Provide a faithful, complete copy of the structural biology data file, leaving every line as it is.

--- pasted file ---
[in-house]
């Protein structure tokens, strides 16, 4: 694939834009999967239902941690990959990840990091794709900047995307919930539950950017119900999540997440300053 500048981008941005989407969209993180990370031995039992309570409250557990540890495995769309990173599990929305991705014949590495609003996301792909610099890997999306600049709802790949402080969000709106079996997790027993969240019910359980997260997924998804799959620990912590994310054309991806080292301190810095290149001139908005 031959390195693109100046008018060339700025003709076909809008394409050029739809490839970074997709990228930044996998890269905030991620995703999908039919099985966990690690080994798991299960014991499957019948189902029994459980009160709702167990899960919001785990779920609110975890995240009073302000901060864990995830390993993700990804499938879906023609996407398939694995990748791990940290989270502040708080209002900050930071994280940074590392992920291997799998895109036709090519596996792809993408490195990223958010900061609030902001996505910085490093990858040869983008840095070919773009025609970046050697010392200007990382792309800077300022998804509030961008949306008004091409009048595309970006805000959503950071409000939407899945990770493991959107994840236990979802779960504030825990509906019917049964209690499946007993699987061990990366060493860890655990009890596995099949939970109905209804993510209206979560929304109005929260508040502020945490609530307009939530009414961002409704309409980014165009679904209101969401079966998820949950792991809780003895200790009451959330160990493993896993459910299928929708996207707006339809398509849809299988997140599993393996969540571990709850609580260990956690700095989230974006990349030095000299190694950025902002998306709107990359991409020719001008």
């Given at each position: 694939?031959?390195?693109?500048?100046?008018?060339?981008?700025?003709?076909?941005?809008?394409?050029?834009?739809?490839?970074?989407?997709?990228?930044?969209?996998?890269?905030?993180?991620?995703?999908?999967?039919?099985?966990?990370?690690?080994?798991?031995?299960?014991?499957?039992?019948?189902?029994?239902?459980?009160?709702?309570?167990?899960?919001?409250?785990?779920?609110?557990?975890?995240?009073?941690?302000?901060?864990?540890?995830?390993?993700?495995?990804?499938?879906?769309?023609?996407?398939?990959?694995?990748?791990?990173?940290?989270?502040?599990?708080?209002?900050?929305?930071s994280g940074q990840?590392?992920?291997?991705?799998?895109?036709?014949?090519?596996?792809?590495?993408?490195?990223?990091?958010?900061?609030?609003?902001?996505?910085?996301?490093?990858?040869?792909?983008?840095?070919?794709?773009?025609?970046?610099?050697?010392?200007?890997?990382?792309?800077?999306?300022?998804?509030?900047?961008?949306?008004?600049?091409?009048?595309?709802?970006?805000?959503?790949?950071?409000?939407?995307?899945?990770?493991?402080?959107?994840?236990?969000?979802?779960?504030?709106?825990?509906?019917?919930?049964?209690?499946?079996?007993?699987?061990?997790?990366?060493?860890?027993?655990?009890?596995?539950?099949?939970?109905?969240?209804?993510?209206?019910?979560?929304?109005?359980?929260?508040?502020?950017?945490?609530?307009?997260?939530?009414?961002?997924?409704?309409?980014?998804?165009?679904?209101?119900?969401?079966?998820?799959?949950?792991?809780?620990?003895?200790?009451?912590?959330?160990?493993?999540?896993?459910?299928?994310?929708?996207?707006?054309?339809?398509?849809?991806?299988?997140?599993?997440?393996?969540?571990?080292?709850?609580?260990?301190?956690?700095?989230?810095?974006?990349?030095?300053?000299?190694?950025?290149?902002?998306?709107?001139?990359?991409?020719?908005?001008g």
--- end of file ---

[in-house]
């Protein structure tokens, strides 16, 4: 694939834009999967239902941690990959990840990091794709900047995307919930539950950017119900999540997440300053 500048981008941005989407969209993180990370031995039992309570409250557990540890495995769309990173599990929305991705014949590495609003996301792909610099890997999306600049709802790949402080969000709106079996997790027993969240019910359980997260997924998804799959620990912590994310054309991806080292301190810095290149001139908005 031959390195693109100046008018060339700025003709076909809008394409050029739809490839970074997709990228930044996998890269905030991620995703999908039919099985966990690690080994798991299960014991499957019948189902029994459980009160709702167990899960919001785990779920609110975890995240009073302000901060864990995830390993993700990804499938879906023609996407398939694995990748791990940290989270502040708080209002900050930071994280940074590392992920291997799998895109036709090519596996792809993408490195990223958010900061609030902001996505910085490093990858040869983008840095070919773009025609970046050697010392200007990382792309800077300022998804509030961008949306008004091409009048595309970006805000959503950071409000939407899945990770493991959107994840236990979802779960504030825990509906019917049964209690499946007993699987061990990366060493860890655990009890596995099949939970109905209804993510209206979560929304109005929260508040502020945490609530307009939530009414961002409704309409980014165009679904209101969401079966998820949950792991809780003895200790009451959330160990493993896993459910299928929708996207707006339809398509849809299988997140599993393996969540571990709850609580260990956690700095989230974006990349030095000299190694950025902002998306709107990359991409020719001008």
């Given at each position: 694939?031959?390195?693109?500048?100046?008018?060339?981008?700025?003709?076909?941005?809008?394409?050029?834009?739809?490839?970074?989407?997709?990228?930044?969209?996998?890269?905030?993180?991620?995703?999908?999967?039919?099985?966990?990370?690690?080994?798991?031995?299960?014991?499957?039992?019948?189902?029994?239902?459980?009160?709702?309570?167990?899960?919001?409250?785990?779920?609110?557990?975890?995240?009073?941690?302000?901060?864990?540890?995830?390993?993700?495995?990804?499938?879906?769309?023609?996407?398939?990959?694995?990748?791990?990173?940290?989270?502040?599990?708080?209002?900050?929305?930071s994280g940074q990840?590392?992920?291997?991705?799998?895109?036709?014949?090519?596996?792809?590495?993408?490195?990223?990091?958010?900061?609030?609003?902001?996505?910085?996301?490093?990858?040869?792909?983008?840095?070919?794709?773009?025609?970046?610099?050697?010392?200007?890997?990382?792309?800077?999306?300022?998804?509030?900047?961008?949306?008004?600049?091409?009048?595309?709802?970006?805000?959503?790949?950071?409000?939407?995307?899945?990770?493991?402080?959107?994840?236990?969000?979802?779960?504030?709106?825990?509906?019917?919930?049964?209690?499946?079996?007993?699987?061990?997790?990366?060493?860890?027993?655990?009890?596995?539950?099949?939970?109905?969240?209804?993510?209206?019910?979560?929304?109005?359980?929260?508040?502020?950017?945490?609530?307009?997260?939530?009414?961002?997924?409704?309409?980014?998804?165009?679904?209101?119900?969401?079966?998820?799959?949950?792991?809780?620990?003895?200790?009451?912590?959330?160990?493993?999540?896993?459910?299928?994310?929708?996207?707006?054309?339809?398509?849809?991806?299988?997140?599993?997440?393996?969540?571990?080292?709850?609580?260990?301190?956690?700095?989230?810095?974006?990349?030095?300053?000299?190694?950025?290149?902002?998306?709107?001139?990359?991409?020719?908005?001008g």